British officials such as Arnold Toynbee, who would later become a very famous historian, but at the time worked for the British government as an advisor reading these notes, or at least the translations of these notes, wondered what to do with these petitions that were sent both to the British government and eventually to the King Crane Commission itself. He described them as “formidable documents” because the anti-Zionist testimony in them had an ecumenical character. So, this idea of Muslims Christians working together in different Palestinian towns and cities, speaking about a Palestine that is a multi-religious land as opposed to just a Muslim land or just a Jewish land is what Toynbee recognized as something formidably new. And when the American commission showed up to Palestine in June and July of 1919, the inhabitants of Palestine and Syria delivered very similar pleas to those they had previously submitted to the British government, again, equating Zionism with religious and political injustice, religious fanaticism, and a negation of the ecumenical character of Palestine.
Like so many other people around the non-Western world, they put their faith in American Wilsonian self-determination, thinking that president Wilson cared about protecting the so-called weak nations from the despotic strong ones. And like so many people around the world, probably in fact more so than any other people around the world, they were to be bitterly disappointed. There were many Americans in Congress, at the time, and outside of Congress who were simply not prepared to hear such Arab voices. Even a couple of members of the King Crane Commission notably Captain William Yale, insisted that the Jewish claims to Palestine trumped, pardon the word, the reality on the ground in Palestine–a theme that has been at the heart of Western support for Zionism for over a century. Captain Yale suggested that the Jewish people constituted a unique race. He believed, and I’m paraphrasing his understanding, he believed that Jews were more civilized than Muslims and Christians in the orient. They had a deeper, he said, historic connection, an attachment to the land because it was, he said, their ancestral land. And thus, above all, he said they can’t be assimilated to the West. He said all these things. And he said, if we come to the question of self-determination you cannot just look at Palestine alone. You can’t just count the people who are there, you have to count the Jewish people around the world because then you will see that actually self-determination favors, he said, the Zionist case.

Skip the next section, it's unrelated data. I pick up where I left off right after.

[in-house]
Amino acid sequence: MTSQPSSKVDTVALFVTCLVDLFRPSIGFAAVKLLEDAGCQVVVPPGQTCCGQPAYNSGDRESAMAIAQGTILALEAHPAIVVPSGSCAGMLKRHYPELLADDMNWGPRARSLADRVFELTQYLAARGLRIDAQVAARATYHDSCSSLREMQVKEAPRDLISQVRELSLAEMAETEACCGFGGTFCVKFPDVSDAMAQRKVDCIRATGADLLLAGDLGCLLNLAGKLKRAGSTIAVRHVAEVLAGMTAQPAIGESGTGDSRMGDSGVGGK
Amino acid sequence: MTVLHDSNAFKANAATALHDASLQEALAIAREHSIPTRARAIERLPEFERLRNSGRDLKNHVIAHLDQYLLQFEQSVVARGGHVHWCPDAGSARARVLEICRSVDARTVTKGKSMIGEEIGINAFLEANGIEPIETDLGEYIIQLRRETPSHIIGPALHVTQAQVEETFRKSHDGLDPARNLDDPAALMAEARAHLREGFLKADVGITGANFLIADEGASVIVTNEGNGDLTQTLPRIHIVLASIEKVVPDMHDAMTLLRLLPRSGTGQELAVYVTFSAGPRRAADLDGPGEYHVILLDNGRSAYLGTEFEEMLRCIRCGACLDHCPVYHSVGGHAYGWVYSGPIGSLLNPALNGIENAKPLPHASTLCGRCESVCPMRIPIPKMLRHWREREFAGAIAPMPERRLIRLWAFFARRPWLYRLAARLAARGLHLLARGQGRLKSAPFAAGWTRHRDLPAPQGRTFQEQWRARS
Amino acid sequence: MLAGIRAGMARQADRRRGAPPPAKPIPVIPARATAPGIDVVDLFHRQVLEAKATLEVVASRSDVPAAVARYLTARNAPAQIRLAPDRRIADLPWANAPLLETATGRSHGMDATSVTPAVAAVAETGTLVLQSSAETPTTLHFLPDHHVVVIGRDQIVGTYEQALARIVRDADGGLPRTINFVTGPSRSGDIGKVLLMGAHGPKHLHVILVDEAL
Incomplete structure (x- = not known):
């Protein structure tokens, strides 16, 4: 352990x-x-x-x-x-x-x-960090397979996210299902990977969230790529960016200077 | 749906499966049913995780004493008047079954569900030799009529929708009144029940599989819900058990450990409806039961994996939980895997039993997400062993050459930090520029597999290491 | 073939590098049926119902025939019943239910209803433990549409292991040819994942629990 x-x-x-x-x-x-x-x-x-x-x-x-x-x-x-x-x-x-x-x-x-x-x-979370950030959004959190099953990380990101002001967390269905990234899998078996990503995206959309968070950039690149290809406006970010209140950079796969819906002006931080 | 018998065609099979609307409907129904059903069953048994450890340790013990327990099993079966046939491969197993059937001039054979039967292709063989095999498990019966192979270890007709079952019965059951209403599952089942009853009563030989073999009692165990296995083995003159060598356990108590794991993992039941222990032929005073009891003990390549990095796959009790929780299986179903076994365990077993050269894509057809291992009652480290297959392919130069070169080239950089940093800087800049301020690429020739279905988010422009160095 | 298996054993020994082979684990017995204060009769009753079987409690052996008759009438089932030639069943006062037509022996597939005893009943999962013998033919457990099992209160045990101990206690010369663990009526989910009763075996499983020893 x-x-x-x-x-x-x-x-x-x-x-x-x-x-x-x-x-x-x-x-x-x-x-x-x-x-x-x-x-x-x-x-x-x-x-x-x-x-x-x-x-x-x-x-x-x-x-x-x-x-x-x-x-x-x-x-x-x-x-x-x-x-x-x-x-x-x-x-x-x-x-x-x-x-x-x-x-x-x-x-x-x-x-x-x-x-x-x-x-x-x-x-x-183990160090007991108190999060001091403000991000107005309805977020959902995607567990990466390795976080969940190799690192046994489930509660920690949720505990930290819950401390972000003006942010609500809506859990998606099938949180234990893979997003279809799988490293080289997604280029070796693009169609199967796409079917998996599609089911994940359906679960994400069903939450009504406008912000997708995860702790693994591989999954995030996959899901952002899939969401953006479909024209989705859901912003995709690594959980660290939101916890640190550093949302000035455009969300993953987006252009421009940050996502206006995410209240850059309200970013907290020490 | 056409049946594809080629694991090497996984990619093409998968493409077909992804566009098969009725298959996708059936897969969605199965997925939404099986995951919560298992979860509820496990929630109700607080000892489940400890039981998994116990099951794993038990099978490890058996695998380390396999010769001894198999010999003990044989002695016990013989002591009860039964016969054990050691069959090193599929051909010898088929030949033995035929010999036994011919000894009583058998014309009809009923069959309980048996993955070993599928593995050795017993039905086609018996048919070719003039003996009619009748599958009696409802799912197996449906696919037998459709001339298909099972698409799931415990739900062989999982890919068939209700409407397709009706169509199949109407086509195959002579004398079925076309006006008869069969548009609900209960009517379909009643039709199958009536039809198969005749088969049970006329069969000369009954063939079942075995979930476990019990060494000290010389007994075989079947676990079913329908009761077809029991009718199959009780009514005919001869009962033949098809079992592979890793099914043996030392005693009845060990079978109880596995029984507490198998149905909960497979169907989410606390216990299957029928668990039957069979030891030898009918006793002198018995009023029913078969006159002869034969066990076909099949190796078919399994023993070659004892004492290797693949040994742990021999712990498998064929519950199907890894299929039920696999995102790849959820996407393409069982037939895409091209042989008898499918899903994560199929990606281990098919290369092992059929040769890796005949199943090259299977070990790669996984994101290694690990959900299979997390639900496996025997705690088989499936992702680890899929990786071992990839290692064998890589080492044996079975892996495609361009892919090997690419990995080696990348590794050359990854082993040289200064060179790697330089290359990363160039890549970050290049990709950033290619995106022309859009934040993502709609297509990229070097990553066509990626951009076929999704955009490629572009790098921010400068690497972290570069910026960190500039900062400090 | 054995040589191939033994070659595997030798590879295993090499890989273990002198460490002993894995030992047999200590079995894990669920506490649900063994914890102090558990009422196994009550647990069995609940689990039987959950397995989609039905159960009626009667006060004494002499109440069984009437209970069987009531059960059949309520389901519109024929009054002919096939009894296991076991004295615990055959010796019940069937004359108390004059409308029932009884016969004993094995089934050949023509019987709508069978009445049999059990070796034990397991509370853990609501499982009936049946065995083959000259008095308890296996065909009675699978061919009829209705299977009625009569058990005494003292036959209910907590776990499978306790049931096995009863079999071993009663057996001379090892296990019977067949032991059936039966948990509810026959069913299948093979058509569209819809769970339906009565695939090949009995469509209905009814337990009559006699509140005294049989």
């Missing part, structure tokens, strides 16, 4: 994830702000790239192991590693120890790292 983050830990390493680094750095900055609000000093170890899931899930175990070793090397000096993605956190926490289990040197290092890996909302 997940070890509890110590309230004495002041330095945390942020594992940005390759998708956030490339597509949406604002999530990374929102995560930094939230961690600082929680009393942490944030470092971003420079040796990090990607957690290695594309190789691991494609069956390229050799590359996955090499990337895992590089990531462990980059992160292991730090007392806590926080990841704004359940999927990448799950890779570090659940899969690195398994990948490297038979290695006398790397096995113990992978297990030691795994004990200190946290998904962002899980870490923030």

Now, the lead commissioners, King and Crane, dismissed this and in their final report it reflected this dismissal. They said this is absurd, this idea that you shouldn’t take into account the people on the ground in this land as the basis for self-determination, makes a mockery of—they didn’t say this, but this what they intimated—and they did not avoid the unprecedented civic Arab mobilizations that they had witnessed across Palestine and Syria. And in their final report that I described at the outset, that they issued to President Wilson in August of 1919, they describe a Palestine at the crossroads. They wrote that the colonial Zionists was impractical and manifestly unjust if one took seriously the idea of the humanity and the history of the Arab majority in Palestine, which is what Captain William Yale did not. They wrote that, if again, President Wilson’s idea of self-determination and a new world was to be taken seriously, then there was no way to ignore the fact that the vast majority of the population of Palestine was Arab and was deeply opposed to Zionism. They said something else, they said in 1919 that colonial Zionism, the Zionist project, in other words, enacted against the will of the indigenous population of Palestine, could only be accomplished through violence, they said. And they wrote in one of the most stunning, sort of, sentences I’ve ever read as a scholar of this region, “Decisions requiring armies to carry out are sometimes necessary, but they are surely not gratuitously to be taken in the interests of a serious injustice. For the initial claim often submitted by Zionist representatives that they have a right to Palestine based on an occupation of 2000 years ago can hardly be seriously considered.”
So, like the Arabs of Palestine and the Mashreq, for whom they served as witnesses at one level, King and Crane were ignored. As I indicated at the outset of this talk, their report was effectively suppressed and their conclusions were not only dismissed, as I told you, but they were actively undermined by Britain, France, and, of course, the Zionist movement in Palestine. The United States repudiated any emancipatory anti-colonial interpretation of self-determination, for Wilson himself had never believed in the idea that all peoples were equal or immediately deserving sovereignty. It’s a myth. He never accepted that idea.